As Raul Castro steps down, challenges await Cuba’s new leader
As Raul Castro steps down, challenges await Cuba’s new leader
On Sunday, Cubans went to the polls to ratify a new National Assembly, who will choose the future president. That transition will take place on April 19.
“We have walked a long, long, long and difficult road,” Castro said after casting his vote in Santiago de Cuba, the birthplace of the 1959 revolution spearheaded by his brother Fidel, who died in 2016, 10 years after handing power to Raul.
Raul — who is now 86 — will remain at the head of the all-powerful Communist Party of Cuba until the next congress in 2021.
But his number two, Miguel Diaz-Canel, is poised to take his place as president.
If Diaz-Canel does indeed assume the role, the discrete 57-year-old vice president — the first Cuban leader to have not fought in the revolution — will be faced with a balancing act of reform and staying true to the principles of “Castroism.”
Diaz-Canel insisted Sunday that “the triumphant march of the revolution” would continue.
But economist Pavel Vidal, a former adviser to Raul Castro and now a professor at the Javieriana University in Cali, Colombia, said: “The new government will arrive with limited political capital, less popular recognition and without historical legitimacy.”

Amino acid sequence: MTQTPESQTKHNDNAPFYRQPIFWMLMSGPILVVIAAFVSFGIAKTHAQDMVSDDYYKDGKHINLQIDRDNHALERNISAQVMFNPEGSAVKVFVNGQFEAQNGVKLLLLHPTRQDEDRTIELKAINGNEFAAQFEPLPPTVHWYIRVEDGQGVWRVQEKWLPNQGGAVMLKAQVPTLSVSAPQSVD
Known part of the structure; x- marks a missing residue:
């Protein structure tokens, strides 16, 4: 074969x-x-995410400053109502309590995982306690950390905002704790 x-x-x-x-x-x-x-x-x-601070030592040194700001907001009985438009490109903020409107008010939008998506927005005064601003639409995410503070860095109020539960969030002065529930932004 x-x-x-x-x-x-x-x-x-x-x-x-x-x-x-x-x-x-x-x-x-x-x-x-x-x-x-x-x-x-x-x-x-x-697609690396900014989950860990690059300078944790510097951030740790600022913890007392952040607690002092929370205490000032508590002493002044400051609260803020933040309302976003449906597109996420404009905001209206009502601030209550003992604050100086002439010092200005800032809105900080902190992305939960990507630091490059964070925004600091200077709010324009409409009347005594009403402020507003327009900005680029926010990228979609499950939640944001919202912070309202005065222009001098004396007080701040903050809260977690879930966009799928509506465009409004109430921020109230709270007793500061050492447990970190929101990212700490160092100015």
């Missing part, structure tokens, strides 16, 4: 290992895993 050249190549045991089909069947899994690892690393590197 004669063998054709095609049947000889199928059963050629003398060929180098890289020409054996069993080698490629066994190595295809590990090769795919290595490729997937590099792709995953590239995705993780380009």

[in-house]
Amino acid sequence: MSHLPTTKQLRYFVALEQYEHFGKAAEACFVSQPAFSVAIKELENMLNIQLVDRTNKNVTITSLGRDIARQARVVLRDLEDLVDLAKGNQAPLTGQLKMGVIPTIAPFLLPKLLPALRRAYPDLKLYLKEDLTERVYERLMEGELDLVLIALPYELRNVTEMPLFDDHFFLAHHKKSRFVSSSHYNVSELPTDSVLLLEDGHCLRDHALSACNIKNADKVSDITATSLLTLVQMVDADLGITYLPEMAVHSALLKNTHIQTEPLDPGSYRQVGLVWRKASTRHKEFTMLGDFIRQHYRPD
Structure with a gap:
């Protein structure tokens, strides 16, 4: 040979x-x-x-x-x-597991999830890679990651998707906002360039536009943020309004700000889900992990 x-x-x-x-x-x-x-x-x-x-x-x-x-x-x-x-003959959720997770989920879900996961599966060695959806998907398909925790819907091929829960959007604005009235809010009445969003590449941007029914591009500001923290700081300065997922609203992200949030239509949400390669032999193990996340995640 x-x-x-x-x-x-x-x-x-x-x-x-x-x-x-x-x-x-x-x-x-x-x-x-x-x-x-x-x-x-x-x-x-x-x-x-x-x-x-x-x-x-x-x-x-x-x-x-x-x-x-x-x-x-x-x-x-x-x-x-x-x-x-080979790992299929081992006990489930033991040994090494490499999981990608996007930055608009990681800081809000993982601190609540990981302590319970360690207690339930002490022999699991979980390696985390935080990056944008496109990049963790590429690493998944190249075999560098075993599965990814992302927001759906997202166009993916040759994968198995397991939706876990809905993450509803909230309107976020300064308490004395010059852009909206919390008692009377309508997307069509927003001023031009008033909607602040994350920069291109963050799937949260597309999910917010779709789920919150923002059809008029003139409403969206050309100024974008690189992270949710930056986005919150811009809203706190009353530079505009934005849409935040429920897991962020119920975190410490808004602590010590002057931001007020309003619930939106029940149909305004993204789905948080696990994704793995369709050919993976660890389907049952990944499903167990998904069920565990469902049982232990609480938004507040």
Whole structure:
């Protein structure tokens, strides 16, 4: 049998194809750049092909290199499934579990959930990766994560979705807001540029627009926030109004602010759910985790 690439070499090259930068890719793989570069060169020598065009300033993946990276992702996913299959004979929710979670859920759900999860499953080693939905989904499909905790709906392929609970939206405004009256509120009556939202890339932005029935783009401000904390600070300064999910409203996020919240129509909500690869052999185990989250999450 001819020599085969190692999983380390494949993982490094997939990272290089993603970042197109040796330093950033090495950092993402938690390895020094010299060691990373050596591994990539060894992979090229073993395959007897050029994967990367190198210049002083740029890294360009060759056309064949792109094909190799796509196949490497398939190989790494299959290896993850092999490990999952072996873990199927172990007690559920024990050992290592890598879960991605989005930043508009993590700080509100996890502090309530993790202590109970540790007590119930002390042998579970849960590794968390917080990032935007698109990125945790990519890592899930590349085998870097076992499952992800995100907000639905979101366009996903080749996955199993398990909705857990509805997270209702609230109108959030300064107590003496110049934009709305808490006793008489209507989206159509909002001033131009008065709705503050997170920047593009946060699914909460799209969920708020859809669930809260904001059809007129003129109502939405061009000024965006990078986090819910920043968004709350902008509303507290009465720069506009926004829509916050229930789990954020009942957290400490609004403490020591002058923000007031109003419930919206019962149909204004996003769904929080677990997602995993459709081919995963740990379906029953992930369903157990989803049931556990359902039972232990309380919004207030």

The road ahead will be littered with obstacles, as Cuba’s new leader will inherit reforms sketched out by his predecessor, while the economy struggles to take off — with an average 2.4 percent growth between 2008 and 2017.
“The key question is whether changes will make a difference to the economy — the most critical issue for many Cubans,” said Michael Shifter, president of the Washington-based think-tank Inter-American Dialogue.
Among the most urgent tasks is the elimination of Cuba’s dual currency system.
Experts say favorable exchange rates offered to the state sector distort an economy already weakened by its obsolete model and the US trade embargo in place since 1962.
At the same time, the new president must relaunch foreign investment and get people back to work in manufacturing, given that the island imports most of what it consumes.
Experts say Castro’s successor must also offer a real legal framework for small businesses, who are gaining ground and generate revenues far higher than the average $30 monthly state salary.
“If Diaz-Canel wants to convince young people, he will have to communicate that individual initiative and income inequality are now compatible with the aims of the revolution,” said the former British ambassador to Cuba, Paul Webster Hare, who is now a professor at Boston University.
In terms of diplomacy, the future Cuban leader will also have to face up to fresh antagonism from the US.
Since Donald Trump arrived in the White House little over a year ago, relations between the two countries have taken a nosedive in the wake of as-yet unexplained attacks on US diplomats that have left them with serious injuries.